Objective: Psychosocial stress has been suggested as a possible aggravating factor in liver diseases, however, the underlying mechanism has yet to be clarified. Recently, our research revealed that electric foot-shock stress aggravated NK1.1 Ag(+) T cell-dependent alpha-galactosylceramide (alpha-GalCer)-induced hepatitis in mice via a mechanism mediated by endogenous glucocorticoids. In this study, we examined whether or not such aggravation could be applied to a psychosocially stressful situation, e.g. social disruption stress.
Methods: Male wild-type C57BL/6 (B6) or B6 hepatitis virus type B surface antigen transgenic (HBs-tg) mice, a hepatitis B virus carrier mouse model, were exposed 3 times in 1 week to social disruption stress in which an 8-month-old aggressive male intruder was placed into their home cage (5 mice per group) for 2 h. Twelve hours after the final exposure to the stress, the wild-type and HBs-tg mice were intravenously injected with alpha-GalCer.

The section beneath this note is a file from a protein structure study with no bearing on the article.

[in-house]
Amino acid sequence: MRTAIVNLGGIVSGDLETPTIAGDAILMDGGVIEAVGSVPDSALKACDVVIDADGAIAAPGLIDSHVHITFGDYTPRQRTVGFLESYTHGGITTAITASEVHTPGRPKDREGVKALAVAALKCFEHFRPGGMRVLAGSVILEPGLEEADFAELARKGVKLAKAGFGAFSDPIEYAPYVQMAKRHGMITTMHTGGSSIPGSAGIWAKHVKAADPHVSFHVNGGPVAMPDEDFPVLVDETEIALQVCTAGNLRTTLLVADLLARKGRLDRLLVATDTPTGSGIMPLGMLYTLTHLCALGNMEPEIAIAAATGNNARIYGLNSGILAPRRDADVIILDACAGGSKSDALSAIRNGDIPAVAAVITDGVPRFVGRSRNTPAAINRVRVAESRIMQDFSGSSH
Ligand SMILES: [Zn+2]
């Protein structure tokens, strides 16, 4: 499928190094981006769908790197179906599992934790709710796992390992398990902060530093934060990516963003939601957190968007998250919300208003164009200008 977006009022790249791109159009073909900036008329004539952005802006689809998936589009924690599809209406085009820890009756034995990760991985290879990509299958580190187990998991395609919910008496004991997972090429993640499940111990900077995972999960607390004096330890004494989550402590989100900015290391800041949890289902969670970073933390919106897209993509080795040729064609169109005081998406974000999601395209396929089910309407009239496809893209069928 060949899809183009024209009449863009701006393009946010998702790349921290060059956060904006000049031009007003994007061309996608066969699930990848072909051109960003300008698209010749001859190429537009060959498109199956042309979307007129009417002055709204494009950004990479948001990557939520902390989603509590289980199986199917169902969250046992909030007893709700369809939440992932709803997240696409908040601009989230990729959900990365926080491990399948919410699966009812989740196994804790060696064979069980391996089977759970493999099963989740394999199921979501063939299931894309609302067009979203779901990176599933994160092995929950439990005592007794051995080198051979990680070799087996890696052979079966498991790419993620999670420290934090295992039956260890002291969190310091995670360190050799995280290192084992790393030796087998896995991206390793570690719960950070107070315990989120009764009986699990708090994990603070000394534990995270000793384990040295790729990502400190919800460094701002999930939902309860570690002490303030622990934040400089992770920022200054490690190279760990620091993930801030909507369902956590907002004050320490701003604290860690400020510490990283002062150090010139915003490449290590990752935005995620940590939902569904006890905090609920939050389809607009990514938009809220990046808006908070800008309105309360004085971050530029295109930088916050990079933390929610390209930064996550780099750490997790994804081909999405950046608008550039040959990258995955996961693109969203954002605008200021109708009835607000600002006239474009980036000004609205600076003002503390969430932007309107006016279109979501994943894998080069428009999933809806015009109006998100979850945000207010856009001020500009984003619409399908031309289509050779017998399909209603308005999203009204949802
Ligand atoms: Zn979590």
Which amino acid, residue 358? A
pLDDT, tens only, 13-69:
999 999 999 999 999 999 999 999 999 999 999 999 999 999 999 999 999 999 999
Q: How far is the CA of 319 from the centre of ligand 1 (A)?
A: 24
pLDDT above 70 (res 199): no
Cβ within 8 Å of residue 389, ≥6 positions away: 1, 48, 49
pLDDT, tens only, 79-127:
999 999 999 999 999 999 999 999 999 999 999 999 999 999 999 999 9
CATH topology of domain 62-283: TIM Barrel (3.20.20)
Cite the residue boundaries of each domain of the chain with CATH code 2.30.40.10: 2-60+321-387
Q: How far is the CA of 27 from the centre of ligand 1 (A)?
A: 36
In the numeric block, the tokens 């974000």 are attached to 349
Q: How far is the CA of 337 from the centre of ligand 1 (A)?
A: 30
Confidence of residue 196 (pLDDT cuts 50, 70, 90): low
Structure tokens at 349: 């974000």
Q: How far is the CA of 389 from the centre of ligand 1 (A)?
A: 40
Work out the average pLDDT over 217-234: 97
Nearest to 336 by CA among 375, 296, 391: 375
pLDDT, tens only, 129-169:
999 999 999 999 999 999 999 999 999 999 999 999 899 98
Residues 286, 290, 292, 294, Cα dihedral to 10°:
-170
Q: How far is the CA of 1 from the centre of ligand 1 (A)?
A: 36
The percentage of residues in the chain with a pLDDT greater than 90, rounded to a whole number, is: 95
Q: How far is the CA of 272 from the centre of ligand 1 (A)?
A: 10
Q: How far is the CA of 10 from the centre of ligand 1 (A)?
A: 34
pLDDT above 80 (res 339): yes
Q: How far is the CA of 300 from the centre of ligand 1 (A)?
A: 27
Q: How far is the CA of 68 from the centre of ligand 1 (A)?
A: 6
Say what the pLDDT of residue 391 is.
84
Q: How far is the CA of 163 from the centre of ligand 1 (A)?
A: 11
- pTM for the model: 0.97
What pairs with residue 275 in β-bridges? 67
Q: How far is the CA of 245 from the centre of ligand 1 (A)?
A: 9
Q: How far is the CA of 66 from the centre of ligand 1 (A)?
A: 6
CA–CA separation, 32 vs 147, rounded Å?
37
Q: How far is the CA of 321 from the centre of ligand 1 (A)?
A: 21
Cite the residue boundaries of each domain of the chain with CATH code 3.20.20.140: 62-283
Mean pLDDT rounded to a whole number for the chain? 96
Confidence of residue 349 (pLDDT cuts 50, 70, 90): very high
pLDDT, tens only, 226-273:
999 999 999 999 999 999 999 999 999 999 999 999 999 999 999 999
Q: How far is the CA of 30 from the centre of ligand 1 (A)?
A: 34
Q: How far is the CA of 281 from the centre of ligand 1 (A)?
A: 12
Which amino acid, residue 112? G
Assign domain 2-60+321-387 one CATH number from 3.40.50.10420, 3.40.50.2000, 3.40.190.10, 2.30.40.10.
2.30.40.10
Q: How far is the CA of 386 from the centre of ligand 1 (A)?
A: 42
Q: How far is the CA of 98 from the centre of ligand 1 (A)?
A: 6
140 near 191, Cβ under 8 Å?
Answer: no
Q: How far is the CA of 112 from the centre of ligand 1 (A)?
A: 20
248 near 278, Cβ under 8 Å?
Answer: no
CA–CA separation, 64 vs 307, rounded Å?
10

Results: The stress-exposed wild-type mice exhibited significantly reduced thymus weight loss compared with the control animals. Moreover, this stress regimen led to a significant increase in serum alanine aminotransferase levels in both the wild-type and the HBs-tg mice, although the increase in the HBs-tg mice was higher than that in the wild-type mice.
Conclusion: These findings demonstrated that, similar to electric foot-shock stress, social disruption stress exacerbated alpha-GalCer-induced hepatitis.